KSRelief to send SR3.2m worth of winter aid packages to Yemenis

Signing of the winter bag project accord between KSRelief and the Selah Foundation for Development. (Supplied)
Updated 23 November 2019

KSRelief to send SR3.2m worth of winter aid packages to Yemenis

RIYADH: The King Salman Humanitarian Aid and Relief Center (KSRelief) on Thursday signed a SR3.24 million ($865,000) agreement to distribute winter aid packages in Yemen.

The winter bag project accord, inked with the Selah Foundation for Development, will see 5,600 parcels of blankets, jackets, and children’s hats delivered to 33,600 displaced and poor families in Sanaa, Al-Bayda, Taiz, Marib, Al-Jawf, Dhale, Shabwa, Hadramout, Lahij, Aden, and Al-Mahrah.

The agreement was signed by KSRelief’s assistant supervisor general for operations and programs, Ahmed bin Ali Al-Baiz, at the center’s premises in Riyadh, and is part of the Kingdom’s efforts, represented by KSRelief, to relieve the suffering of Yemenis during the cold winter period.

 

 

 

 


Saudi Arabia’s envoy to UK: We need to do a better job of showing who we are

Updated 13 min 36 sec ago

Saudi Arabia’s envoy to UK: We need to do a better job of showing who we are

  • The ambassador encouraged people to visit his country before forming an opinion of it
  • “There is plenty to see, and you will find a warm, generous and hospitable people there waiting to greet you”

LONDON: Saudi Arabia needs “to do a better job” of “showing the world who we really are,” its ambassador to Britain said.

“In Saudi we do not always represent ourselves very well because we are a reticent people and our culture does not push us to talking about ourselves,” Prince Khalid bin Bandar bin Sultan told the Daily Telegraph. 

He made his comments in light of recent allegations that Saudi Crown Prince Mohammed bin Salman was involved in hacking the phone of Amazon CEO Jeff Bezos.

“It is very easy for people to throw these unsubstantiated allegations against Saudi Arabia because they know that it is very difficult for Riyadh to defend itself when it does not have proper access to the details,” the ambassador said.

“We need to see the evidence before we make any response, because the evidence made public so far is circumstantial at best.”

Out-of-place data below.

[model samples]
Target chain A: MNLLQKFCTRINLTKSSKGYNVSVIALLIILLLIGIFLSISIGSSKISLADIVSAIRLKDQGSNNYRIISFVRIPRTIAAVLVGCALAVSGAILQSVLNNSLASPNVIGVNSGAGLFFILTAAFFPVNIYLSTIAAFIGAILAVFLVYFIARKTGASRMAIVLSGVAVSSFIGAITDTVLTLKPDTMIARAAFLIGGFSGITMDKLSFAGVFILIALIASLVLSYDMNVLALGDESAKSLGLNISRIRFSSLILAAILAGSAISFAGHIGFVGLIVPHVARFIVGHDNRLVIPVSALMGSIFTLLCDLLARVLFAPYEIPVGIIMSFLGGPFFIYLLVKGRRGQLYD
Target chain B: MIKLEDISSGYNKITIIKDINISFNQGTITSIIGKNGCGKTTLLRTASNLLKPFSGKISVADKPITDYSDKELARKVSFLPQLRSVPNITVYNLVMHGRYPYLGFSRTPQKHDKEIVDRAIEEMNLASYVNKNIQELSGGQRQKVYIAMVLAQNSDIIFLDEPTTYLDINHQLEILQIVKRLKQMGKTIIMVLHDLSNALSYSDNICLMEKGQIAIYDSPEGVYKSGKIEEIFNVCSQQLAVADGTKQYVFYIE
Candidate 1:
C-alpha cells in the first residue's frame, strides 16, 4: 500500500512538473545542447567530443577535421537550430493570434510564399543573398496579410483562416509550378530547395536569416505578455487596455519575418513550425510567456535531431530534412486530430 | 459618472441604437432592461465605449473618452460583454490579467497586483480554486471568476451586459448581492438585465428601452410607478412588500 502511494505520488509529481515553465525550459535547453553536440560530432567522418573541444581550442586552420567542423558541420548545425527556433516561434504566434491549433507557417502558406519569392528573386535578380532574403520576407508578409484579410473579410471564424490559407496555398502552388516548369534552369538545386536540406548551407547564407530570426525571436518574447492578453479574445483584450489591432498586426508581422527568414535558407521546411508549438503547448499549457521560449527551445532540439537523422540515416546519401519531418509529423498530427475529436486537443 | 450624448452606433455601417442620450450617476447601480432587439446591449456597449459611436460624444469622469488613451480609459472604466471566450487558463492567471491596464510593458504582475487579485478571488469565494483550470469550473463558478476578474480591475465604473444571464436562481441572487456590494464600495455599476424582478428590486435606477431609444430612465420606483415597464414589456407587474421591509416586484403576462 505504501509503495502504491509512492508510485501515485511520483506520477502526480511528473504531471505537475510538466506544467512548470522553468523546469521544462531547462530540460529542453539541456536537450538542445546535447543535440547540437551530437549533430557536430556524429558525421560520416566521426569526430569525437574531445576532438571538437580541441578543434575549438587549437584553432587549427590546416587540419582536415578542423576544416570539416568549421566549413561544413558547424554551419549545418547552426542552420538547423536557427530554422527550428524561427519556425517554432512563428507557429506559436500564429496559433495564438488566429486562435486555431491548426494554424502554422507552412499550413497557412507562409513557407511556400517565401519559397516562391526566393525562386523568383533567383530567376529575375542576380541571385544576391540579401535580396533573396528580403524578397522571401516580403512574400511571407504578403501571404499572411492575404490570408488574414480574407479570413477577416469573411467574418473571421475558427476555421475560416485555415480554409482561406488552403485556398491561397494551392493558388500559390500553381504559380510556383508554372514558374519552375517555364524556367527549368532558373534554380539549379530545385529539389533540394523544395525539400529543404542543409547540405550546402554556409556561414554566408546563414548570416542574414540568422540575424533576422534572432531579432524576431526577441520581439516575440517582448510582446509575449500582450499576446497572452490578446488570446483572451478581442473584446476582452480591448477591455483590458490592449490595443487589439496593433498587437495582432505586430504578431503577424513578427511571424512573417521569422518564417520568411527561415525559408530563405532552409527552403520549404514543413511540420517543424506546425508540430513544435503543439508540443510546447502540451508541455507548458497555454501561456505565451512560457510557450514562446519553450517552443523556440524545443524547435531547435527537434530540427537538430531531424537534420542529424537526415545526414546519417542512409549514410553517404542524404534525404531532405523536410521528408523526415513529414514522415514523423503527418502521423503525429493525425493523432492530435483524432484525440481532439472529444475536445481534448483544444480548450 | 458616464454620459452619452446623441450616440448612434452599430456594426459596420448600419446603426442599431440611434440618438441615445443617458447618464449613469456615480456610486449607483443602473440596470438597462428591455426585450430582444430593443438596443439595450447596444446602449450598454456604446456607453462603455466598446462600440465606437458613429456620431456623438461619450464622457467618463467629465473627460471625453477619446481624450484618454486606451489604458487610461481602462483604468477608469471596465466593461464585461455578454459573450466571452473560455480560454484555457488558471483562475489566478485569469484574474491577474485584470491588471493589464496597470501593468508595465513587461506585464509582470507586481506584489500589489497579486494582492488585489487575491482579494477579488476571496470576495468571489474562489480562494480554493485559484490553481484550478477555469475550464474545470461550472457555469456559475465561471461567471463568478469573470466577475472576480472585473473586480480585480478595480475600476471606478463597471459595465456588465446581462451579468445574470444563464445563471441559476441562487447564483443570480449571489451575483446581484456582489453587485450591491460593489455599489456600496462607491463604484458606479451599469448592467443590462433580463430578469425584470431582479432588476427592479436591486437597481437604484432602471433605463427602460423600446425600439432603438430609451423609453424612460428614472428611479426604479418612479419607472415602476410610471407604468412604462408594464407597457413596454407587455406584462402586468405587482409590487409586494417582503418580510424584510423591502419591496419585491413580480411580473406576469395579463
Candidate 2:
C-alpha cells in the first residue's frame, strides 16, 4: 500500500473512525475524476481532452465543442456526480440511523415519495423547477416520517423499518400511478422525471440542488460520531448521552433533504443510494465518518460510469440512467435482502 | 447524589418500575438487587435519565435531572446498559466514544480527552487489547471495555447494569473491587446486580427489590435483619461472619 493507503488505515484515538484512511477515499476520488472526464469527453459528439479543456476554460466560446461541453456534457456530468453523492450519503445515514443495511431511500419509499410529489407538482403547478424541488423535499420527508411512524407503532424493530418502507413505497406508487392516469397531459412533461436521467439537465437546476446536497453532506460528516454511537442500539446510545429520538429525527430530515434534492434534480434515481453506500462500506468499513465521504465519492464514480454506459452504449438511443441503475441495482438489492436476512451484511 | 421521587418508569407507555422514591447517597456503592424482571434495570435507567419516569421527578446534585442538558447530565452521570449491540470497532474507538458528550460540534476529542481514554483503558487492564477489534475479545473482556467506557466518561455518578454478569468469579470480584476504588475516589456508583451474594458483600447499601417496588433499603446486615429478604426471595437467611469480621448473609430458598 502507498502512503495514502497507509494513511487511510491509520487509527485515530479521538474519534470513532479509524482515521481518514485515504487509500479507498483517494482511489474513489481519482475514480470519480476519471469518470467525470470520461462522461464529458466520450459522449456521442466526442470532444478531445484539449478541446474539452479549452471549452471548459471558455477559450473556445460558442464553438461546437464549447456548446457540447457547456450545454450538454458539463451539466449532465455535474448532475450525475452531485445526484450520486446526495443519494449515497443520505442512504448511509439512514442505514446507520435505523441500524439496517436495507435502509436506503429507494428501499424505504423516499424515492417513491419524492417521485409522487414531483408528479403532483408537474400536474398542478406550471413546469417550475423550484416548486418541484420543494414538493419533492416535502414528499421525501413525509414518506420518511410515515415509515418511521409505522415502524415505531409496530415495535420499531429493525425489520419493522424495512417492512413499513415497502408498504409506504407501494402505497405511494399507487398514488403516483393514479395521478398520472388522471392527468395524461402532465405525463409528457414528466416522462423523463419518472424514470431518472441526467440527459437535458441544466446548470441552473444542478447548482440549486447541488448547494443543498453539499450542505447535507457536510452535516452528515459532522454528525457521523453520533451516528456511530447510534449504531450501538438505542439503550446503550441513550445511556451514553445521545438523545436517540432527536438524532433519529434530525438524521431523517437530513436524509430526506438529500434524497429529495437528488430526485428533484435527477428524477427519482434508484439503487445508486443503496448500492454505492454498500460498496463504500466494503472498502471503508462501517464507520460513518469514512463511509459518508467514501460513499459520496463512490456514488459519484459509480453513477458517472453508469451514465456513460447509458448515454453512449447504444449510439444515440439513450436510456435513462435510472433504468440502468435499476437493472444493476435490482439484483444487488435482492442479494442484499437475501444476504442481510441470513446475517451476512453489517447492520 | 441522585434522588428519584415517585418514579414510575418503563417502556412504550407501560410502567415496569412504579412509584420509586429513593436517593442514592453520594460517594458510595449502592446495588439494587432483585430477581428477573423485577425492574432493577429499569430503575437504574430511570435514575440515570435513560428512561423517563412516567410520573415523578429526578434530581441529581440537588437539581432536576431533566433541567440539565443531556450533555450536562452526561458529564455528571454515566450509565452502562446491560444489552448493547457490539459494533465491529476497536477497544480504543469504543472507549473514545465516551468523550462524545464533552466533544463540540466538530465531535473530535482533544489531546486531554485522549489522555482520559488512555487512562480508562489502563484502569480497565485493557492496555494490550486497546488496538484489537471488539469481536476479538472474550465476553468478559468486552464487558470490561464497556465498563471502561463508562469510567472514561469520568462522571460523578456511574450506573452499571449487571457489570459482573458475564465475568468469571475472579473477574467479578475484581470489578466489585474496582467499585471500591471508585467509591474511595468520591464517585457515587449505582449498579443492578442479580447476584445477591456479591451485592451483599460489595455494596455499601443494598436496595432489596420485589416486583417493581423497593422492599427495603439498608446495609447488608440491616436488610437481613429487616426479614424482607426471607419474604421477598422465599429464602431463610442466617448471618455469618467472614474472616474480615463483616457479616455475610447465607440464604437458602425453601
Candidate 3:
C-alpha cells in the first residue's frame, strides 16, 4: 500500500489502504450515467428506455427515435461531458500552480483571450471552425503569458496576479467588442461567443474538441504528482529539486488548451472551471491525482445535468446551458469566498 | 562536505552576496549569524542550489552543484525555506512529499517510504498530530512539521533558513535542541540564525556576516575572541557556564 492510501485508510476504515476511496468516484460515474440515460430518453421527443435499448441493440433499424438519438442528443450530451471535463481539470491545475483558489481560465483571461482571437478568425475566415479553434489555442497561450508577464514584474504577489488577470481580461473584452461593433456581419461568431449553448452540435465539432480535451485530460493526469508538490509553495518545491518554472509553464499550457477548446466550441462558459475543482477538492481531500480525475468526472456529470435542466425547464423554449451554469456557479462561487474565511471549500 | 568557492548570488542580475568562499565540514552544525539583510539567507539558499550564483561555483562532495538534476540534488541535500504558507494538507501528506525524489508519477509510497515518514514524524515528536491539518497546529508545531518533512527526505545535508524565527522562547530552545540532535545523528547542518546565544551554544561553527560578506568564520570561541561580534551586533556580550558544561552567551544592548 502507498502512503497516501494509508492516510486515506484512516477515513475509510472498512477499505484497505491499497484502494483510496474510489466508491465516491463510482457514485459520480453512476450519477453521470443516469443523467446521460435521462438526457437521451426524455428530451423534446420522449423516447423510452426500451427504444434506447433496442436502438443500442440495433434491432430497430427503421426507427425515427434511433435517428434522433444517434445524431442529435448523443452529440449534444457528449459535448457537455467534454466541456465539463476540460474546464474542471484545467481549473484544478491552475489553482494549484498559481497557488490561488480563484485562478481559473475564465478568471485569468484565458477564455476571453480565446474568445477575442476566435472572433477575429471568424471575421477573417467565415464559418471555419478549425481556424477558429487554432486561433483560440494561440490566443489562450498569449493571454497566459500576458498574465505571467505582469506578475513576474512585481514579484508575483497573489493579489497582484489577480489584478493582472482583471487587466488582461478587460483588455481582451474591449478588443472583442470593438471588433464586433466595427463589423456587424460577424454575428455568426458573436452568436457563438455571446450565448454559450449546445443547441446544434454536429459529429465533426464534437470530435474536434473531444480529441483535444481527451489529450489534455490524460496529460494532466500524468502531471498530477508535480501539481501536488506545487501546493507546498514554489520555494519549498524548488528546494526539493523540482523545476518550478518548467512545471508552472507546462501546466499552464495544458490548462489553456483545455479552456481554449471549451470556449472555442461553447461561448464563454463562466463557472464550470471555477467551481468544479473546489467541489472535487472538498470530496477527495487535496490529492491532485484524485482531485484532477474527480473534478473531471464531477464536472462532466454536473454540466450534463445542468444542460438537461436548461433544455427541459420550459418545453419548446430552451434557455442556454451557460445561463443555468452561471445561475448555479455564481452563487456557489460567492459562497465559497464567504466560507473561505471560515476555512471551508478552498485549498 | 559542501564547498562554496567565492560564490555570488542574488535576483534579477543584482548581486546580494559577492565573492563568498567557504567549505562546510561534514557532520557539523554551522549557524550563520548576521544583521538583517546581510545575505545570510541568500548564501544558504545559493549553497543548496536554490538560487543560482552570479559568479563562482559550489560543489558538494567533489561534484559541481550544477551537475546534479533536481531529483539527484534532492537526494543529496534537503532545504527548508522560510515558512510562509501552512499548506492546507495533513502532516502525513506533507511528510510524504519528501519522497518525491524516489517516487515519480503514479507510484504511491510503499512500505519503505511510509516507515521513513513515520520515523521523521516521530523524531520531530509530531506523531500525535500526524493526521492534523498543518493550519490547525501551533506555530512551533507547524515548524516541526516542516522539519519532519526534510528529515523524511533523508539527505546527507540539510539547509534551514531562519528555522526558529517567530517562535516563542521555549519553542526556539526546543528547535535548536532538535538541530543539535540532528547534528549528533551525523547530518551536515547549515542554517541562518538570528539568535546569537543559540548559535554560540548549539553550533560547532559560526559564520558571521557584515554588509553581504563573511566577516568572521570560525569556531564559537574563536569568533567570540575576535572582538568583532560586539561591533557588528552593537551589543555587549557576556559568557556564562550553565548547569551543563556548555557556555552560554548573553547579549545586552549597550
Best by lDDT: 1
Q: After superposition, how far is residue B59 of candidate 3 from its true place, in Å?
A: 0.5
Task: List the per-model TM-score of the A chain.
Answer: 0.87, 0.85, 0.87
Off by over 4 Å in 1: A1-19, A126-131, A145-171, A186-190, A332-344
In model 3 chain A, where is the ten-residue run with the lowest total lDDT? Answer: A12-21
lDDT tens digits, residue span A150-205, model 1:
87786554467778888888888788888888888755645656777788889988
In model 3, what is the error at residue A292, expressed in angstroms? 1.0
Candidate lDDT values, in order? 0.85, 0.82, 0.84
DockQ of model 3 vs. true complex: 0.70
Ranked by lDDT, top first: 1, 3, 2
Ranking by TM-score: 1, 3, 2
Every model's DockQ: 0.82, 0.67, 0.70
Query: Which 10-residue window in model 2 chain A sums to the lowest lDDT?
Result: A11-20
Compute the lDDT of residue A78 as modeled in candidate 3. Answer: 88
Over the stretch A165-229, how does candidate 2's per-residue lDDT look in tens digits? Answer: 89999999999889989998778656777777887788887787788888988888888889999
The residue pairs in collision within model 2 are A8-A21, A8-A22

Prince Khalid, who was appointed last year, encouraged people to visit his country before forming an opinion of it. 

“There are a lot of misconceptions about Saudi Arabia. We want people to come and see Saudi Arabia for themselves, and not rely on what they have read somewhere or heard somewhere to form their opinion of the country,” he said.

“There is plenty to see, and you will find a warm, generous and hospitable people there waiting to greet you.”

He said Riyadh does not seek conflict with Tehran but will not let “Iran’s meddling in the region” go unchecked.

“We do not seek conflict. We do not seek escalation. We have always been supporters of taking a firm stand against Iran. Our issue is not with the people of Iran, it is with the regime running the country,” he added.

“But we do not believe in appeasement. At no point in history has appeasement proved to be a successful strategy. You cannot give in to a country like Iran because they will see it as a sign of weakness.”

France, Germany and the UK, three of the signatories to the Joint Comprehensive Plan of Action (JCPOA), triggered a “dispute resolution mechanism” recently in response to Iran ramping up its nuclear program in violation of the deal.

Prince Khalid criticized the JCPOA because it does not address “all the other things that Iran” is doing in the region.

“Iran’s meddling in the region is as challenging as the nuclear programme. This is why we were concerned with the nuclear deal,” he said.